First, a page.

Start Where You Are

Start Where you are……

It’s a rather well known phrase and I seem to keep stumbling across it recently. I usually see it used as business advice, and excellent advice it is too. If we keep telling ourselves we need to do one more training course, get a better logo, redesign our website, write at least a dozen blog posts etc., before we can start our business we will never actually take those first steps. So just “start where you are”, start that business with whatever you have and the rest will fall into place along the way.

But this isn’t really a blog for business advise, even though it is a topic I could talk all day about! I can’t help thinking though that the exact same advice can be applied to our photography, that we often put the same obstacles in the way of creating images.

You know the sort of excuse, I would take great landscape photos if only I could afford to travel to exotic locations, I would be an amazing still life photographer if only I had more space to shoot and store more props, I’d be great at portraits if only I could afford a studio, I’d be a much better photographer if only I could find something interesting to shoot.

And I’m sure there are many more excuses that we use to hold ourselves back.

But here’s the thing, if you start where you are, literally right where you are, with the ordinary everyday objects that are around you, if you learn to see light and find beauty in the everyday you’ll be ready to make the most of those amazing opportunities when they do arise.

You may not have lots of space for still life but you only need a tiny corner or a small table top as long as you keep your props small. Raid your kitchen and search the rest of your house for potential subjects. Fabric or free wallpaper samples can make great backdrops so you can be ready to shoot with minimal cost. Experiment, have fun and see what you can create with a tiny budget, a small space and window light.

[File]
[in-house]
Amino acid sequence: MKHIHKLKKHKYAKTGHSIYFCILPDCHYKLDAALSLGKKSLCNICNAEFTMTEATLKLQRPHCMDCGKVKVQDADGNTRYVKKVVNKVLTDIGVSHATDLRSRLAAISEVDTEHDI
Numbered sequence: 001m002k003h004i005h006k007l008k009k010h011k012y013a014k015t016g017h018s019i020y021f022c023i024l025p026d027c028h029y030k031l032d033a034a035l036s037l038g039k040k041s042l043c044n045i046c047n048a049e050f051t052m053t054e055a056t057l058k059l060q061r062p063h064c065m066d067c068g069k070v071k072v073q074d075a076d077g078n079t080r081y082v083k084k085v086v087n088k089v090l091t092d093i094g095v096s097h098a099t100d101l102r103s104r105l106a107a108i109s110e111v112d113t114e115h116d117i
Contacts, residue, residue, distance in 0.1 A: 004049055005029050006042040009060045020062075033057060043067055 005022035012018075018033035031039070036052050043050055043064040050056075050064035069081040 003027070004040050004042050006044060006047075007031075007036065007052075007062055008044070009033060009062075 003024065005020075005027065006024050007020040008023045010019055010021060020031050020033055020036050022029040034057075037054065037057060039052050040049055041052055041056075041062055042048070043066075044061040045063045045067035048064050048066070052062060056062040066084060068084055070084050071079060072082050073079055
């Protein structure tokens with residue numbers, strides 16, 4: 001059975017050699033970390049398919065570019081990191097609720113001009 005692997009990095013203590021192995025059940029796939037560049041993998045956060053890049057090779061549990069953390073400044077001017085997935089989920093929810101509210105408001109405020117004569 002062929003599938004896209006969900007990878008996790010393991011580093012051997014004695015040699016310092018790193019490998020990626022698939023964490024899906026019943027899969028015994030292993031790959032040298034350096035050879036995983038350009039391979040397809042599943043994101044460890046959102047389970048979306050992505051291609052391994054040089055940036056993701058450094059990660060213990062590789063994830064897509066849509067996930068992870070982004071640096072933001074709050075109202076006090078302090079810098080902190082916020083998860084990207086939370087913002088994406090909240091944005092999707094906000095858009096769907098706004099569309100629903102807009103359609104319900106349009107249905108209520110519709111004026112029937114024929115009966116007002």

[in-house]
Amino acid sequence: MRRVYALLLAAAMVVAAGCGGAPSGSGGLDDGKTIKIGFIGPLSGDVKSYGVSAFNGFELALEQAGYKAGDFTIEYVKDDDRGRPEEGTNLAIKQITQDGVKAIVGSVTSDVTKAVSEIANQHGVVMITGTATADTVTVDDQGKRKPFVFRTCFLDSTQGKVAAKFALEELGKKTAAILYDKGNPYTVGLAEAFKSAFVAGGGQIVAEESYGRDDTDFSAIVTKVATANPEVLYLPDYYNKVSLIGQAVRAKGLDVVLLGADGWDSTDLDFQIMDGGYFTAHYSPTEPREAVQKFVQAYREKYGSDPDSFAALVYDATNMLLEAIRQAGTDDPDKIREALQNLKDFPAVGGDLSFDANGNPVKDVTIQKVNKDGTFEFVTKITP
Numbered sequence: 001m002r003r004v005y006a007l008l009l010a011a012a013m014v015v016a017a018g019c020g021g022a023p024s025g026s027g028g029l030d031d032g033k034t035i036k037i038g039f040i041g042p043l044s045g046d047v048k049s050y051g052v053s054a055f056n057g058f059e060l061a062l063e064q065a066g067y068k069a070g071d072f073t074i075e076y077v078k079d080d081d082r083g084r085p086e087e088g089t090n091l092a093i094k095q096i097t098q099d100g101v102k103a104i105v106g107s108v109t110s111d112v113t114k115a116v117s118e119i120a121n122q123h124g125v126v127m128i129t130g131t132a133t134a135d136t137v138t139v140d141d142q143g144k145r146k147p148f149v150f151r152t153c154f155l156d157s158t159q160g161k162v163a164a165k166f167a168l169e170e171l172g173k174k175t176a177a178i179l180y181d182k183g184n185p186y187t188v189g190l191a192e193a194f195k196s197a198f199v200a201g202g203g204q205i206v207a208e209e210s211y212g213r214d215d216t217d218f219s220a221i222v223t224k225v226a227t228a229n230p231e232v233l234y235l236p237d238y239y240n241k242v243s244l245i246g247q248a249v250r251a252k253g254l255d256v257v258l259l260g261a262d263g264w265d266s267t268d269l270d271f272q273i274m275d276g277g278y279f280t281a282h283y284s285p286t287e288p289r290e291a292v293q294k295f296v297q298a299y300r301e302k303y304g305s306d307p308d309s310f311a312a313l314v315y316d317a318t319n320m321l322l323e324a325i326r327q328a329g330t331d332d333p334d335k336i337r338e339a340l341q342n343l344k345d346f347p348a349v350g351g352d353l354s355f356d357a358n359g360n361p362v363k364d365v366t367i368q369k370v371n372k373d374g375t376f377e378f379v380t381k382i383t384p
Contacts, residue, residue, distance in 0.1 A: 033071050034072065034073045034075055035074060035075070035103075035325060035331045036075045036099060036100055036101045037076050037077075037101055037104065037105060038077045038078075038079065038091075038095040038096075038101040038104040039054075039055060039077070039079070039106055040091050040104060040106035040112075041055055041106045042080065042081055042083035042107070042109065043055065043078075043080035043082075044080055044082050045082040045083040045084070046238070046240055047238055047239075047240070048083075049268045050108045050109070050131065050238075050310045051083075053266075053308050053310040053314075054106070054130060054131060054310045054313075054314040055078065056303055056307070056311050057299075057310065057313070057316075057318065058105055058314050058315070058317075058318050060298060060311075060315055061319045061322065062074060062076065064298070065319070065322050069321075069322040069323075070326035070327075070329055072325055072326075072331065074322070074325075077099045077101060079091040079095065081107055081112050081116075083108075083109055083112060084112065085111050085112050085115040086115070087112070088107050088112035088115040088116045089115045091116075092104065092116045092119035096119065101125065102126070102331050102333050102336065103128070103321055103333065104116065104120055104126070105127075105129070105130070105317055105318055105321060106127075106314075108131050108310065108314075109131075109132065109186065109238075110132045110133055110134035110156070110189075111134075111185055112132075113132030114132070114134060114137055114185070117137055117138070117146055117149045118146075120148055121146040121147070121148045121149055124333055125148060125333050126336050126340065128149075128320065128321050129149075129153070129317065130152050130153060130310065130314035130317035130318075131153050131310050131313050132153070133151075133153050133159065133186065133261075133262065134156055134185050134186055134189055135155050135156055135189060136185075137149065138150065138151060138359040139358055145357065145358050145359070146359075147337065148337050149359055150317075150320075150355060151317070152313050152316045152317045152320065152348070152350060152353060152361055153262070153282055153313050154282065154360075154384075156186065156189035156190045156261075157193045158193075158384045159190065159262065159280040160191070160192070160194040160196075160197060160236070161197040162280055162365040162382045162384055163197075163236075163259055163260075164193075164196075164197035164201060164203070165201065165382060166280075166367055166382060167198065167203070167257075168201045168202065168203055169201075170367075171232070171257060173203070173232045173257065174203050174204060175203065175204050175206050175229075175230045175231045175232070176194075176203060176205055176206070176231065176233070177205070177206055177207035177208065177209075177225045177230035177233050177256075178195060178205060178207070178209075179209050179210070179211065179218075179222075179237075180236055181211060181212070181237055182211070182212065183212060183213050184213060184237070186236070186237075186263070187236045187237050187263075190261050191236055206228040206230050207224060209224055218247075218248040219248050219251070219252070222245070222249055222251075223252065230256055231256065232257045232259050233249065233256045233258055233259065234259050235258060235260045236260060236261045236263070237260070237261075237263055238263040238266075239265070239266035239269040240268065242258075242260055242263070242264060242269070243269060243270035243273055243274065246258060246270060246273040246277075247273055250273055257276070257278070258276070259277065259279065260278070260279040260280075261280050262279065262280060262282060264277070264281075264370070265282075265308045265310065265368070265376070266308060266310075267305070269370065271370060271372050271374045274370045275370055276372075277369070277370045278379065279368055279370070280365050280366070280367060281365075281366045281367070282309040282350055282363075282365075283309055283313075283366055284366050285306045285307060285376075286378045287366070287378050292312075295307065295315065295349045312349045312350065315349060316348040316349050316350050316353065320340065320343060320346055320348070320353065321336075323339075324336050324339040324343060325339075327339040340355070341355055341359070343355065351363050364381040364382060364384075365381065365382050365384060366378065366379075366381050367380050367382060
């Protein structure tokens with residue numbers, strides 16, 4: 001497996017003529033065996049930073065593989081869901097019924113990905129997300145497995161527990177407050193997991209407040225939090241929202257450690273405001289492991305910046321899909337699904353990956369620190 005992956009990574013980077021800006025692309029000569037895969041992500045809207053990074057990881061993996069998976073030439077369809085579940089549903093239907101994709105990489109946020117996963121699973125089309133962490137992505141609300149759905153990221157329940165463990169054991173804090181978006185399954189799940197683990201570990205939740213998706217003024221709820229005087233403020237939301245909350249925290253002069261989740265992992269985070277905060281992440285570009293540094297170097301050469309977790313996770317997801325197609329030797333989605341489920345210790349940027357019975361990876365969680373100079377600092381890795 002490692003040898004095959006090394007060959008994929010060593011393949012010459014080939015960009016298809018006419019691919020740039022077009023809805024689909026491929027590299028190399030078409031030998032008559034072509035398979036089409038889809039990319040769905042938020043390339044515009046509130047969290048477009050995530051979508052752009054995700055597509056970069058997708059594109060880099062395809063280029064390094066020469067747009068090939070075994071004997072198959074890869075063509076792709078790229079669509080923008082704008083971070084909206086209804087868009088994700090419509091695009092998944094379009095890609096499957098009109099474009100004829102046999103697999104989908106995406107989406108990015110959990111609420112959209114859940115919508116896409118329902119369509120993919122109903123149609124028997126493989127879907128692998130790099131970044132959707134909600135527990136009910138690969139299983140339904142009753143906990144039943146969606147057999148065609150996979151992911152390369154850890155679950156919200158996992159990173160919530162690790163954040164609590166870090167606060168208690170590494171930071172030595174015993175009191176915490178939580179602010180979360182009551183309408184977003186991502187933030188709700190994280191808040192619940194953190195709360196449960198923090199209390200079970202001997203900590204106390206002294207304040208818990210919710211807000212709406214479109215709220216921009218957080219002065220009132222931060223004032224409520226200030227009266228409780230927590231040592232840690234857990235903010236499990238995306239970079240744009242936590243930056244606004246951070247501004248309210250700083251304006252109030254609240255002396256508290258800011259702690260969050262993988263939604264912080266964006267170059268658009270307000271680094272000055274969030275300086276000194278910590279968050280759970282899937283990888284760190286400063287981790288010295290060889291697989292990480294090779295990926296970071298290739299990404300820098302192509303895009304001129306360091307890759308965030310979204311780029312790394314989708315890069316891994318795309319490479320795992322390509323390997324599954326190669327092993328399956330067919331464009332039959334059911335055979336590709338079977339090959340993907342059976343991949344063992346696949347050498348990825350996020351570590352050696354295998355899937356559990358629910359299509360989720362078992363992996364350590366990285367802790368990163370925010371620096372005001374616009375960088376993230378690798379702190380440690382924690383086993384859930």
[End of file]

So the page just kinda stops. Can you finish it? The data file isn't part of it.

Black and white still life photography,

If you want to shoot portraits don’t let the lack of a studio stop you. Why not try lifestyle or environmental portraits, if you can master natural light and learn to make interesting portraits whatever the location you’ll develop a really strong skill set and become a natural storyteller.

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And you may not have the most fantastic landscapes on your doorstep but there’s nothing to stop you bringing your own unique vision and style to your immediate area to create something interesting. Or look for the small details within the landscape that are often ignored.  And don’t forget a location might seem uninspiring to you if you see it on a daily basis but to many people it will be somewhere new.

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So what’s holding you back from creating?

And what can you do to start where you are?

 

 

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